How low-coherence interferometry (LCI) works

Principles of low-coherence interferometry

Low-coherence interferometry (LCI) is a non-contact optical sensing technology.

An optical probe directs a beam of low-coherence light at a sample surface and sends reflected light signals to an interferometric detector (interferometer) via an optical fiber for interpretation. When, as in the diagram, the measured sample consists of a stack of semi-transparent material layers, light reflections are simultaneously received back from the top and bottom of each layer.

The interferometer interprets the reflected optical data from each single scan point as an interference pattern and records it as a depth profile (A-Scan). A cross-section (B-scan) is obtained by displacing the probe in a linear fashion across the sample. A 3D volumetric image is generated by combining multiple cross-sections.

Note that scanning is collinear: the emitted and reflected light signals travel along the same axis, enabling the measurement of surfaces with sharp edges, channels, etc.

Measuring semi-transparent material layers

A low-coherence light beam from an optical probe scans through a multilayer film. Note: the emitted and reflected light actually travels along the same axis (collinear scanning).

How a low-coherence interferometer works

As stated above, the interferometer analyzes the light reflected from the sample to the optical probe.

Two main types of low-coherence interferometers – time-domain (TD) and frequency-domain using swept source – differ by the source of their light and by details of their implementation.

Time-domain (TD) interferometers use low-coherence light from a super-luminescent diode. The light is fed into a fiber-optic coupler that splits the light beam into two arms (paths), one directed at the sample surface, the other at a scanning reference mirror. The detector then captures the interference of light rays reflected back from these two arms. Constructive interference is observed as an intensity maximum when the optical paths of both arms are exactly equal. By scanning the length of the reference arm to bring forth the appearance of the interference signal, the detector determines the precise position of the reflection point in the sample.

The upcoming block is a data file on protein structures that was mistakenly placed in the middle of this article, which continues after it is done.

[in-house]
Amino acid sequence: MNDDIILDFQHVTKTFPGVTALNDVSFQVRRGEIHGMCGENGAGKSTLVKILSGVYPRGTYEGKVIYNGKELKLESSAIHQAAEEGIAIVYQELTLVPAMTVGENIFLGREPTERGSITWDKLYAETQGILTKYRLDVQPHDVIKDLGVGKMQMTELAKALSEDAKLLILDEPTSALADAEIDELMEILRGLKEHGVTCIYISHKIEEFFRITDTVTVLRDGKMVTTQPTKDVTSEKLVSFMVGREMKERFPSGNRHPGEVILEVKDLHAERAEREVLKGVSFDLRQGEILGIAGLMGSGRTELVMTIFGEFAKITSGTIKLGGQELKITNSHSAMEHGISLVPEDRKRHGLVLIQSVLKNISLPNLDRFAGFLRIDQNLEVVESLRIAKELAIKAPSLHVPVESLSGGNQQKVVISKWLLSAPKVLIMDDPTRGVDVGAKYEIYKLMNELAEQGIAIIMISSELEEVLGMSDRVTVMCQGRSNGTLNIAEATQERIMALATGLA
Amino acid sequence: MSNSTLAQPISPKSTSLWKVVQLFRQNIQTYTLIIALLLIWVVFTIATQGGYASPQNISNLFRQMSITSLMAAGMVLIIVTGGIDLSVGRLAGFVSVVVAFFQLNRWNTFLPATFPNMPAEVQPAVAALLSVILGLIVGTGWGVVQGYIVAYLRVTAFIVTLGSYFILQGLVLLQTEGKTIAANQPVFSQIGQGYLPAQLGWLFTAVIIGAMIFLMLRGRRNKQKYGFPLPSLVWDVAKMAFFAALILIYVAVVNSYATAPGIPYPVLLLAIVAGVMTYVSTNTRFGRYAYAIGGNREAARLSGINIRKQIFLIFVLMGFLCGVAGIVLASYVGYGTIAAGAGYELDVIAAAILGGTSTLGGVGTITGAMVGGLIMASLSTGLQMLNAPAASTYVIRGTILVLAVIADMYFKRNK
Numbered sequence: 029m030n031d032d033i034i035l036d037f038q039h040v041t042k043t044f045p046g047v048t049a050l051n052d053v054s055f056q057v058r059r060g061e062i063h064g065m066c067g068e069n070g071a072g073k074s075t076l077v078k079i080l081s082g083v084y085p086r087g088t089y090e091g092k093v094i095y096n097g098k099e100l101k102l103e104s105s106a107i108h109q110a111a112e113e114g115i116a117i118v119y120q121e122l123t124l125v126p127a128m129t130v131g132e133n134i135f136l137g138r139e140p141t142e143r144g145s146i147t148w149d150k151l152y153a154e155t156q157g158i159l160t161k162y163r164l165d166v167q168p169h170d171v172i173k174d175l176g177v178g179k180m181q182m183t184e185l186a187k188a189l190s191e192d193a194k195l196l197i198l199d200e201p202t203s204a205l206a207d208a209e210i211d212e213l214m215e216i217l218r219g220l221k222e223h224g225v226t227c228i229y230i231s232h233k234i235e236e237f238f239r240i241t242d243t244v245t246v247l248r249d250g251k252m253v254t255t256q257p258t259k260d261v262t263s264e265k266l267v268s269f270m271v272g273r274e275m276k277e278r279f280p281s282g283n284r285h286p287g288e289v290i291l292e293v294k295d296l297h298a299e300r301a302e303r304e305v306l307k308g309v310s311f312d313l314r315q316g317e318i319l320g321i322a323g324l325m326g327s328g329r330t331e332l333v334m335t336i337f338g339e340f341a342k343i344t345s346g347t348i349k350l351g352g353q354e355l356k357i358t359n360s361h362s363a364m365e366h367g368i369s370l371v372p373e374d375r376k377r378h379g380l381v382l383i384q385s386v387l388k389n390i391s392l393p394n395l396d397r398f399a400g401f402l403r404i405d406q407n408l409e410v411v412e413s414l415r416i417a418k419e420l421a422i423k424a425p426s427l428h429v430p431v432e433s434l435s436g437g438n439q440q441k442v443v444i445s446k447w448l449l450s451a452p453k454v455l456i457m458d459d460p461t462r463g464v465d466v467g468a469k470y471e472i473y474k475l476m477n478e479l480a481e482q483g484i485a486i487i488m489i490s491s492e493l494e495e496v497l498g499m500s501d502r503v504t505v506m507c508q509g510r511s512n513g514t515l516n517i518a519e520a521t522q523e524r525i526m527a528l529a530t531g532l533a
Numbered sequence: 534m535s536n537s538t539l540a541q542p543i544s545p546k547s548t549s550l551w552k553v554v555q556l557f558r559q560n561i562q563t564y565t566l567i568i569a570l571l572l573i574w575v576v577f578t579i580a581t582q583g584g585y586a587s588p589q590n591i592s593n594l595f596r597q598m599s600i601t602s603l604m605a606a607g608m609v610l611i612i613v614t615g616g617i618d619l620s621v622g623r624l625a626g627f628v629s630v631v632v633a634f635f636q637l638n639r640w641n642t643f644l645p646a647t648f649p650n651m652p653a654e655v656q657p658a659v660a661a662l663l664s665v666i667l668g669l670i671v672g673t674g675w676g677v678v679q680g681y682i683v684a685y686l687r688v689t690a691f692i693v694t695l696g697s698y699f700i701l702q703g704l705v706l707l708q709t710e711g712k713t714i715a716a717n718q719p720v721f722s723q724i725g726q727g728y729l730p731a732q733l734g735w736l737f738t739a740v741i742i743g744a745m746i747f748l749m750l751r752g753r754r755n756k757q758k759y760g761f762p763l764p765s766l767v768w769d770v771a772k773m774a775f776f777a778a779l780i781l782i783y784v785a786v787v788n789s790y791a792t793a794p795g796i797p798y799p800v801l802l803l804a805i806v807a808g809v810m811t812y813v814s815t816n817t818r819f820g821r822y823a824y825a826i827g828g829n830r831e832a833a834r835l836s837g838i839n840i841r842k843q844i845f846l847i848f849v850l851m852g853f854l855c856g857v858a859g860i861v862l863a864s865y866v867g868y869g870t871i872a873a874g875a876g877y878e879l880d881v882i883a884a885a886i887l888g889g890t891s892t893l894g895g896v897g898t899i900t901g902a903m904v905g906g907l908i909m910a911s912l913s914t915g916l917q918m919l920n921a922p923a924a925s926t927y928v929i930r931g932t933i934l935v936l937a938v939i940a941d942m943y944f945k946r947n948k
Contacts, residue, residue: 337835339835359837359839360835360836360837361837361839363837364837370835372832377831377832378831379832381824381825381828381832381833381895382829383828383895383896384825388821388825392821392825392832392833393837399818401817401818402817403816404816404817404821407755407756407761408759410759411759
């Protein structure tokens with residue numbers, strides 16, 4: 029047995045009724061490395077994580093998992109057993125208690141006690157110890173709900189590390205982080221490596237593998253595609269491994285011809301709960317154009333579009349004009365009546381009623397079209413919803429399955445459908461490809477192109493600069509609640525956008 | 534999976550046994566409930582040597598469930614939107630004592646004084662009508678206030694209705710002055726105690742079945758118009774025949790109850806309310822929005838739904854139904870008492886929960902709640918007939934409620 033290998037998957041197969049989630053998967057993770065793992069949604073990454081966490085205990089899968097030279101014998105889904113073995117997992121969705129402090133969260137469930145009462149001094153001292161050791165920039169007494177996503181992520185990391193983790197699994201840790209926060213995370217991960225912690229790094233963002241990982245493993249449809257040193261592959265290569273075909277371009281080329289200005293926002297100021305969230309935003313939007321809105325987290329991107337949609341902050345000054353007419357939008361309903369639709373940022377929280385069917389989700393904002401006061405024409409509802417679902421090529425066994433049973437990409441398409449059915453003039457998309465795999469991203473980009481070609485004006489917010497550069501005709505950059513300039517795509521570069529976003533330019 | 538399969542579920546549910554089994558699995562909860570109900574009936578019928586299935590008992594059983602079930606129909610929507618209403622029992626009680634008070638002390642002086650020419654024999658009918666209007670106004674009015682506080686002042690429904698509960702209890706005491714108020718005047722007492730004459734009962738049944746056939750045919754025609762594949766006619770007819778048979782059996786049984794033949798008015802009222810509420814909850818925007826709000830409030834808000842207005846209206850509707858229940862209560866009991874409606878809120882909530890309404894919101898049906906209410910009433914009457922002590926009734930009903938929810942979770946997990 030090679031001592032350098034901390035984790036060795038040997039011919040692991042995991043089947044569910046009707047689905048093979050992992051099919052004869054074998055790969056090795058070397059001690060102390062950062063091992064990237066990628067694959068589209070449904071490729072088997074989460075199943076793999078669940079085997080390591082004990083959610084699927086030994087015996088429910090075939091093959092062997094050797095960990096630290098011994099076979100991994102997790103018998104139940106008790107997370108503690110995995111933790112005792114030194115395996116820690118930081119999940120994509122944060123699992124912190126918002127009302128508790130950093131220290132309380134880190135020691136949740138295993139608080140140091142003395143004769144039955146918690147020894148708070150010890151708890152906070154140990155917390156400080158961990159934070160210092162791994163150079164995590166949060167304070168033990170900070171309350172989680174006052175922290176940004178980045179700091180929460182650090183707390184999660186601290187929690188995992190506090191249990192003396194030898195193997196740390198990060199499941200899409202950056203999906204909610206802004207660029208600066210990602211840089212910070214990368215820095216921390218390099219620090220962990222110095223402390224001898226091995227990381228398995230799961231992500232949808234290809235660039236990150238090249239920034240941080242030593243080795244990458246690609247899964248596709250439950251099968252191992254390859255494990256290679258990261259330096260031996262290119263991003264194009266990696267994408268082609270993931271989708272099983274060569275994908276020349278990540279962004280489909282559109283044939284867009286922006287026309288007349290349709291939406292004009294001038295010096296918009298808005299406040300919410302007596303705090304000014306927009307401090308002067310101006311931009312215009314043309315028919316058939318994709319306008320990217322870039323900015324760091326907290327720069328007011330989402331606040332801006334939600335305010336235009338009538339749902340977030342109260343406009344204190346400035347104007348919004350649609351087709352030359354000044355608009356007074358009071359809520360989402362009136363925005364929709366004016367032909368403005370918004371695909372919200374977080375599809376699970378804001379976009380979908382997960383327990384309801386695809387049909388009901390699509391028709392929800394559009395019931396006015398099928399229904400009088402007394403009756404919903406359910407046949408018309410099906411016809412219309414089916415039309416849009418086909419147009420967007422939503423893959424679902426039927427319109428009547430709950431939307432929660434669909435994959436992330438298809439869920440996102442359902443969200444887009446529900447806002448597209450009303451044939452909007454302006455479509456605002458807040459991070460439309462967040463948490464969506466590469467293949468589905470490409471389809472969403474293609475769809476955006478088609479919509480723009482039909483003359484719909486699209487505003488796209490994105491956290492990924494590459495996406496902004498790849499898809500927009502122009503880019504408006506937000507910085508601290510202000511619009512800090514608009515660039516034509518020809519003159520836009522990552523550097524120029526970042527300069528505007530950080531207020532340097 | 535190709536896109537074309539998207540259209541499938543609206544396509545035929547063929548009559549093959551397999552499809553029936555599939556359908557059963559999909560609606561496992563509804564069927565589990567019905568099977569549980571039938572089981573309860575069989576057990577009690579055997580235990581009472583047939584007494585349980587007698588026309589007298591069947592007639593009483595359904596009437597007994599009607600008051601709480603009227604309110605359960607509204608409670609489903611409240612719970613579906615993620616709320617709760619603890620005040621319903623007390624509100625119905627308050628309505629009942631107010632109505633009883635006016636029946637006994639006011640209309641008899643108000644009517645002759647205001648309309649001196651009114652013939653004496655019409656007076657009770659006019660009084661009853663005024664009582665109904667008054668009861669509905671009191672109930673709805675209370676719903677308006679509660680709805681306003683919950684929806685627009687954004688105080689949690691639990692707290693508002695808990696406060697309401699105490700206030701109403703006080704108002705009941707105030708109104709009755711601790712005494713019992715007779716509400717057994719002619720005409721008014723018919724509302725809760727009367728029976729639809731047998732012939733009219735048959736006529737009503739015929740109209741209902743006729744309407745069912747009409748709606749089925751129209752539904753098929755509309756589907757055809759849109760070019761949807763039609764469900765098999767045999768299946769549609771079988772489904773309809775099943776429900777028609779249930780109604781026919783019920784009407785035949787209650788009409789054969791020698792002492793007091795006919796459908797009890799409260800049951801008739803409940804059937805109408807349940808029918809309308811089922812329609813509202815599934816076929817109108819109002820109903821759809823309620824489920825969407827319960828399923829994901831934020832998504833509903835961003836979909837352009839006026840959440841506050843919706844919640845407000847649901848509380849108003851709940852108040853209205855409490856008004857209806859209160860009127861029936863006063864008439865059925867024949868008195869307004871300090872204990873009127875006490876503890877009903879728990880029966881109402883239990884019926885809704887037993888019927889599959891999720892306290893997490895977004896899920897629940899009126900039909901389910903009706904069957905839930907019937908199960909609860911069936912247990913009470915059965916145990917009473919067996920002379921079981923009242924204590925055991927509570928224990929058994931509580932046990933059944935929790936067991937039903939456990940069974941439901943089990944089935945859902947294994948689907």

Frequency-domain interferometers with swept source (SS) use light from a fast sweeping laser source instead of a super-luminescent diode. The reference mirror is fixed. The detector captures the spectrum of the interference pattern in time and then converts this spectrum to the time domain using Fourier transformation.

Low coherence interferometry diagram

Time-domain low-coherence interferometry uses a scanning reference mirror

Comparing time-domain and frequency-domain (with swept source) interferometers

Time-domain LC interferometers

  • perform at a scanning speed reaching a few kHz
  • are very robust and immune to saturation since the interferometric fringes are encoded in frequency
  • maintain sensitivity regardless of scanning depth

Frequency-domain LC interferometers with swept source

  • perform at high and very high scanning speeds (20 kHz and higher)
  • maintain sensitivity with higher speeds
  • lose sensitivity with increased scanning depth

Both types of LC interferometers

  • are immune to air perturbation and to cutting the beam
  • know the absolute distance of the sample surface when they are turned on, with no need to count fringes (unlike interferometers that use coherent laser-light sources)

Novacam manufactures both time-domain and frequency-domain interferometers under the trademark name MICROCAMTM-3D/4D.

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